Which Type of Metal is Best For a Valve Plate?
Compressors have so much movement, which causes friction. This friction causes heat to generate and build up, so choosing the right material to make your valve plate is of the utmost importance if you want it to last. Every unique application requires different properties, so for your application you may need one that others may not. This article discussed the different types of metals that valve plates can be made of and the benefits that each material provides.
Stainless steel is by far the most universal choice when thinking about making a compressor valve plate. Stainless steel is rigid, meaning it doesn’t want to flex because of its nature. This keeps warping to a minimum, as well as its heat dissipation properties. Stainless steel takes a long time to heat up, and once heated it can still hold its strength, unlike some other materials. Also, again due to the nature of this alloy, it can hold its structural integrity for longer periods of time. Stainless steel will bend moderately, so it has some give to it if it needed to flex. Stainless steel is corrosion resistant, so unlike carbon steel, you do not have to maintain it by applying oil to prevent rusting. This alloy cosmetically being more appealing is also worth noting.
Carbon steel is a cheaper alternative to stainless steel. Even though the price is better, this does not necessarily mean it is a better deal. Carbon steel is more prone to corrosion than stainless steel and needs to be oiled regularly to prevent rust. However, carbon steel is still a viable choice as far as structural strength, even though it does not match that of stainless steel, it is still rigid enough for commercial purposes. Carbon steel is more malleable than its counter-part, so it will flex easier than stainless steel.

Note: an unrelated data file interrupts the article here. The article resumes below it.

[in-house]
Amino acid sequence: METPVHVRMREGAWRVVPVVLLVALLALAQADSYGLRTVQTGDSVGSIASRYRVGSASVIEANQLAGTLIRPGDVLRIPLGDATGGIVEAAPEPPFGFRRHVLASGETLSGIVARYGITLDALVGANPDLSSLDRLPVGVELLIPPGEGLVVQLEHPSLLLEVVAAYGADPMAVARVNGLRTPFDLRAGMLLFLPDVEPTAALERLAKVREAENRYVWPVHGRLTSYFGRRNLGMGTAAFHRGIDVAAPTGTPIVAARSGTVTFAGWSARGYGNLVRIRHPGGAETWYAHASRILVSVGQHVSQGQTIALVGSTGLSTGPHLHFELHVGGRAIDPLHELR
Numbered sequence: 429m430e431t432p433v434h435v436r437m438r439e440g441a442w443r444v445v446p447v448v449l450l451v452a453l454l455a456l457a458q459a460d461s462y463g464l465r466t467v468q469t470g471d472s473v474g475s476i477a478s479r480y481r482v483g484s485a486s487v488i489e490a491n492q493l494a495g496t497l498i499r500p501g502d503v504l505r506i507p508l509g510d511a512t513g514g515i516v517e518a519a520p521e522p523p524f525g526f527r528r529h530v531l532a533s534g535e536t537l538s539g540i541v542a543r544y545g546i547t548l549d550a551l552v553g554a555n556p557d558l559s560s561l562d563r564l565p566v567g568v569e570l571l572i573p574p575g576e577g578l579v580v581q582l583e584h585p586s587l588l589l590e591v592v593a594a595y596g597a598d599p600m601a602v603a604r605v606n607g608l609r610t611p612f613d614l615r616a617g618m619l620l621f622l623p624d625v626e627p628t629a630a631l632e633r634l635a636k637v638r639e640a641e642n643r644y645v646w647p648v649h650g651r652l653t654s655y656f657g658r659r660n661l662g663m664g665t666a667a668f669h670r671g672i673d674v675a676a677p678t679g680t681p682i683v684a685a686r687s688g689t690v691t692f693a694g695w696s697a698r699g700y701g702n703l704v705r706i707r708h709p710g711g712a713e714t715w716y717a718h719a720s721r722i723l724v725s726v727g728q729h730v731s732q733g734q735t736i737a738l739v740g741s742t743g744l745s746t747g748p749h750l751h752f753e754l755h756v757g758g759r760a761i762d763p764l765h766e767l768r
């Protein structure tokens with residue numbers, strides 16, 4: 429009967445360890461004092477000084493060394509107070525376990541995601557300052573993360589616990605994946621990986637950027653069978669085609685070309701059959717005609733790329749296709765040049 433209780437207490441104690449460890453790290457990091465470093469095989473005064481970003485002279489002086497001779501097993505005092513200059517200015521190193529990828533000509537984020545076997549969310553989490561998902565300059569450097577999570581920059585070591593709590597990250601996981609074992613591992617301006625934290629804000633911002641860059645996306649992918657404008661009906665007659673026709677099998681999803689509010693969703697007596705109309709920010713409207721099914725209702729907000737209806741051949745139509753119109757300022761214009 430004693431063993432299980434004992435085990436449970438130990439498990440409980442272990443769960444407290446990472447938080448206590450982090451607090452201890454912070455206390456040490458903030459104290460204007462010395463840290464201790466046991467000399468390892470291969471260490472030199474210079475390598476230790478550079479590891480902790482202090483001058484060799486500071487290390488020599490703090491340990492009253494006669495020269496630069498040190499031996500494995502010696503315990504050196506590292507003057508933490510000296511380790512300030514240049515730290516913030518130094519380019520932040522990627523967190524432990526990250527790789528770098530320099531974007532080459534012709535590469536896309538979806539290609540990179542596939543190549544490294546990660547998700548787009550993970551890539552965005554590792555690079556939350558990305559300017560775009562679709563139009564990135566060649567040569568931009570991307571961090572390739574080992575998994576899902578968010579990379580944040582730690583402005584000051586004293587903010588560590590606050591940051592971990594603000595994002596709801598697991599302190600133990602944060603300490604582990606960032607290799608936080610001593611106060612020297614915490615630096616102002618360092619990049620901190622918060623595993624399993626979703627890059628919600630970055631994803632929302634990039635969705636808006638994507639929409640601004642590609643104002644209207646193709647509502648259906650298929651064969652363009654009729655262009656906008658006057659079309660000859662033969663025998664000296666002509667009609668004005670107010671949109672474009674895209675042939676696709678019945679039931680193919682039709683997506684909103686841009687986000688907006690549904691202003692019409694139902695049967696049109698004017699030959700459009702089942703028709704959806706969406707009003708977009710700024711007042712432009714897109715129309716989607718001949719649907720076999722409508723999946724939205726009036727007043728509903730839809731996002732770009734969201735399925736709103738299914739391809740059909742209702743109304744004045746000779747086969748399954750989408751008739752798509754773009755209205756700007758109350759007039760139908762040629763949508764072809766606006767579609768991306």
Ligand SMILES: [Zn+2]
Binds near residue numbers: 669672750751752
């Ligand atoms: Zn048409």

Cast iron is well-known for its structural strength and weight. Unlike wrought iron, or normal iron, it is moderately corrosion resistant. This metal is ideal to use where no bending will be necessary. The characteristics of iron make it perfect for friction because it takes a long time for iron to wear. However, this is a very brittle material. If it were forced to bend in any way, it would crack or break.
Spheroidal Graphite Iron
Spheroidal graphite cast iron, also known as SG iron, shares some of the properties of regular cast iron. It will not flex at all, due to its nature it will cause cracks or breaks. However, this type of cast iron is extremely more durable than that of regular cast iron. The tensile strength was increased, so wearing down your valve plate take much longer than the same plate made of cast iron, as long as it is used under normal operating conditions.
Stainless Spring Steel
There are multiple types of stainless spring steel, however they share similar characteristics. A valve plate cover made from this material has properties which allow it to dissipate heat like normal stainless steel, as well as wear slowly. The properties of this metal make it much easier to flex than standard stainless steel, however it will not retain the shape after it has bent. The metal is heat treated to go back to its beginning shape after it flexes. With all this in mind, it is typically not used as most stainless alloys can handle the job just fine with a much lower cost.